Feature

Roses in December

Roses in December
NW Horse Source

Norwegian Fjord Horses from the Northwest Headed to the Rose Parade!

by Teressa Moen Kandianis

Beth Beymoor driving Susan Cargill’s “dream team” of white dun Fjords. Photo credit Nancy Newport

There are quite a few Norwegian Fjord Horses in the Pacific Northwest –on both the wet and the dry side. Over the years, these horses have become more frequent competitors in dressage, eventing, western, and driving shows (schooling and rated). This next year—January 1, 2014 to be precise—thirteen Fjords, five from Washington State, will be seen by millions of TV viewers worldwide, marching as the Norwegian Fjord Horse equestrian unit in the Rose Parade in Pasadena, CA.

Zoobie. Photo credit Teresa Moen Kandianis

Zoobie, a mare owned by Teressa Kandianis, will be ridden in dressage tack by Marg Clumpner, owner and trainer at Fox Bay Farm in Ferndale. Kristin Miller from Chehalis will be riding her mare, Saundra, also in dressage gear. From Monroe, WA comes Eric Watness driving a single brown dun, Sundag, put to his hand painted and carved Norwegian cart. The Finnoe family from the Spokane area will also be driving a pair of brown duns, Deilag and Indy, put to a vis-à-vis carriage filled by Ben and Holly Finnoe and their five children, all in Norwegian garb. The remaining eight horses will be coming from the Boulder, CO area. We all leave on Christmas Day and arrive at the Los Angeles Equestrian Center December 27.

The wild notion to apply to participate in the Rose Parade came from the Board of Directors of the Norwegian Fjord Horse Registry headquartered in Berthoud, CO. The NFHR registers and conducts evaluations for purebred Norwegian Fjords in the US and Canada. The current president of the registry is me, Teressa Kandianis, and I live in Ferndale, WA just south of the Canadian border. The proposal to make an application to the RP was met with doubt (“Wow, nice idea, but not gonna happen”). There was much to be done and the process was similar to getting a kid into university. Applications for equestrian entries for the 2014 Rose Parade were posted online in mid-spring 2013. That’s when the work started. Before the application process could even begin, we needed horses and owners: Who would go to the time, expense and trouble to apply, and if accepted, would commit to trailer horses, equipment and people to LA on Christmas day 2013 all at their own expense? Definitely not easy, but we found the 2014 Rose Parade motto, “Dreams Come True” fit what we had already decided was our theme.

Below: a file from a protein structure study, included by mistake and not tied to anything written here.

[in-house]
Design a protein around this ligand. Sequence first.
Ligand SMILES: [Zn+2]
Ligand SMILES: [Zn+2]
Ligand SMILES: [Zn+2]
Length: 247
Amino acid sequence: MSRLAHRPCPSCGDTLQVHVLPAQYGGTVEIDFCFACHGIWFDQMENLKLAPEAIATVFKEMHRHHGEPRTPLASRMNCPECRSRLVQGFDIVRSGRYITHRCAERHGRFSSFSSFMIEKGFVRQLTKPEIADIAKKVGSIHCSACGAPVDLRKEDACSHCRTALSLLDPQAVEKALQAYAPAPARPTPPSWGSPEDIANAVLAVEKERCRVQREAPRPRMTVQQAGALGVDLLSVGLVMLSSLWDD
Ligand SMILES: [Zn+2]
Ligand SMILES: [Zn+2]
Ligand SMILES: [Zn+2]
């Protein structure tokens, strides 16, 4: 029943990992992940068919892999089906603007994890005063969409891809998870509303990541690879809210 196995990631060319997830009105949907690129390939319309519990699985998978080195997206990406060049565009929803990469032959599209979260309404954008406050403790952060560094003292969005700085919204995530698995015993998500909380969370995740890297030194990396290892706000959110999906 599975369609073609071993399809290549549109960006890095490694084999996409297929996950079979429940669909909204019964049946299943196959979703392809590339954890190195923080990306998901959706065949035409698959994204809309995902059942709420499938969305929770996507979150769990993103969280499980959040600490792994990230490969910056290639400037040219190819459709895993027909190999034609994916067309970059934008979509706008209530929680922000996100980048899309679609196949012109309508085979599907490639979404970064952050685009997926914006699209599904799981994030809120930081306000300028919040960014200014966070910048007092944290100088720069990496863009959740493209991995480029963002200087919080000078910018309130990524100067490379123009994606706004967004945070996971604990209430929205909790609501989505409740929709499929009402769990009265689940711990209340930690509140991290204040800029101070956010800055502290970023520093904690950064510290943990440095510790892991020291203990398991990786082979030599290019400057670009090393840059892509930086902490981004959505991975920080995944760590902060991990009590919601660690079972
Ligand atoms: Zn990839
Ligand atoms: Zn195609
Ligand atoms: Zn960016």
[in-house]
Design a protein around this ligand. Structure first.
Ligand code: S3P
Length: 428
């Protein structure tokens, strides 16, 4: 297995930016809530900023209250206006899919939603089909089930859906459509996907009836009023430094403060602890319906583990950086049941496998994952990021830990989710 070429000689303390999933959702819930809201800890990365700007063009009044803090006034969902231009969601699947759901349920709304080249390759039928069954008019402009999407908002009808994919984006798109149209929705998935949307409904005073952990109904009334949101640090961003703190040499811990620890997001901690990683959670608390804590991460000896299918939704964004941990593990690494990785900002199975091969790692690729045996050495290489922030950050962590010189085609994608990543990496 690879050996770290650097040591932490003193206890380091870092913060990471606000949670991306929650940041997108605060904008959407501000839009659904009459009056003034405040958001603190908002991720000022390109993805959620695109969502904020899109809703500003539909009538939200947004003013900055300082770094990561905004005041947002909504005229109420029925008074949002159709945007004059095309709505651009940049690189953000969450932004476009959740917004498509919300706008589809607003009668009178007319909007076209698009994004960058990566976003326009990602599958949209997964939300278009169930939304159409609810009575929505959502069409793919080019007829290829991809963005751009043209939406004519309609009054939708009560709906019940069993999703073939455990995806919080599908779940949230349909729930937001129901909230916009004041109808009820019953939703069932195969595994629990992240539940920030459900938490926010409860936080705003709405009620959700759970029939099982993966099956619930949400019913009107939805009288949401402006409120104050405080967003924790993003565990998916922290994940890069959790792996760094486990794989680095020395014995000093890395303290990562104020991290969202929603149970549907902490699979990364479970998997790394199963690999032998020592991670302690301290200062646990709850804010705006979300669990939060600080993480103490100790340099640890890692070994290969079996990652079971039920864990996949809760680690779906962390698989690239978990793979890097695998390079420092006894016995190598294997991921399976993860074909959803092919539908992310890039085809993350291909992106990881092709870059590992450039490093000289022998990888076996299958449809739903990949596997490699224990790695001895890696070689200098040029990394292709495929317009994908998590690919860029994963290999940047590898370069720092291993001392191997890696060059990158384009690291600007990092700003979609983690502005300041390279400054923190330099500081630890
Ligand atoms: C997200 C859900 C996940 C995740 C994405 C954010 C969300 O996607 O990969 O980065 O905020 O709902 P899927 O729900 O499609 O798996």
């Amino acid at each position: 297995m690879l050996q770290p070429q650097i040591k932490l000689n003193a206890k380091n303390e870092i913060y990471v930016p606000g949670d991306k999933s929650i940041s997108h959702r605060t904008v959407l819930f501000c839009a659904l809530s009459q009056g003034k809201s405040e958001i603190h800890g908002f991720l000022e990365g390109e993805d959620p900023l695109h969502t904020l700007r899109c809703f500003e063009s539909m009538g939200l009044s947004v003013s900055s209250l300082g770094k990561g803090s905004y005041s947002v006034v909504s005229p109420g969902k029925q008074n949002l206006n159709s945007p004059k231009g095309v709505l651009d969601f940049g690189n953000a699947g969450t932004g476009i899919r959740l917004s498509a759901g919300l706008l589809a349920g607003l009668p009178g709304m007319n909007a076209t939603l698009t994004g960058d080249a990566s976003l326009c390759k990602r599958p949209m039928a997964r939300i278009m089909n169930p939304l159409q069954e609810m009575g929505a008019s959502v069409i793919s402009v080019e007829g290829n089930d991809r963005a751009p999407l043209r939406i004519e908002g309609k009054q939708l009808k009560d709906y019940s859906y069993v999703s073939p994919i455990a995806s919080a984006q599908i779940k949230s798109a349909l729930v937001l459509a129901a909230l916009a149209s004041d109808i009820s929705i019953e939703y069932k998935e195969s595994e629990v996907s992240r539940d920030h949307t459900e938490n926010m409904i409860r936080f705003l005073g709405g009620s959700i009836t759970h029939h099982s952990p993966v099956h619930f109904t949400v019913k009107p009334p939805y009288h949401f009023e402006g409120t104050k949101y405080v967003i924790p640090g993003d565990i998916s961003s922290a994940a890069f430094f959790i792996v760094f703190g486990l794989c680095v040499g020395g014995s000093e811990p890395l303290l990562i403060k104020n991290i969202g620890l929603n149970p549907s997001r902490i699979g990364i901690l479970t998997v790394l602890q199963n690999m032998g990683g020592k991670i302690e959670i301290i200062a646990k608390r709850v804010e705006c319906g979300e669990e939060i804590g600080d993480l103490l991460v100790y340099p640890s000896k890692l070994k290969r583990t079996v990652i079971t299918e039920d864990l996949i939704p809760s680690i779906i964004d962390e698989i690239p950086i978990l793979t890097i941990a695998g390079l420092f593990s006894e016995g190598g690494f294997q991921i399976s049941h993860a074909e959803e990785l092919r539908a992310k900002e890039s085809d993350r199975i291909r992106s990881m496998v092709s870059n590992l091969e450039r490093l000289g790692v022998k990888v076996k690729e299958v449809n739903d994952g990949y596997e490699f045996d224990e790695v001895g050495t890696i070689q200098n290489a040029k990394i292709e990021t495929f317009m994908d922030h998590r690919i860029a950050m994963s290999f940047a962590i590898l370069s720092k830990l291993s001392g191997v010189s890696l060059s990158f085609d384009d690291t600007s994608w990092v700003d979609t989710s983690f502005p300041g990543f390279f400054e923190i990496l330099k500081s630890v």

One of our longtime influential members and breeders, Susan Cargill, had passed away a couple of years before and she had a dream of driving her four-in-hand of white dun mares in the Rose Parade. When we thought of her, the tears started flowing and many people wanted in. “Dreams come true” was also an apt description of the experience of Norwegian immigrants to North America—leaving a land, culture and their beloved horses behind for an unknown landscape and uncertain future. We ended up with 13 horses: five being ridden, the aforementioned four-in-hand of white dun mares, and two carriages. The carriages would be filled with adults and children wearing Norwegian national costumes – known as bunads. All drivers, passengers and sidewalkers will be wearing bunads as well. The riders will be wearing the attire appropriate to the discipline.

Eric Watness of Monroe and his Fjord Sundag. Photo credit Woody Hoopes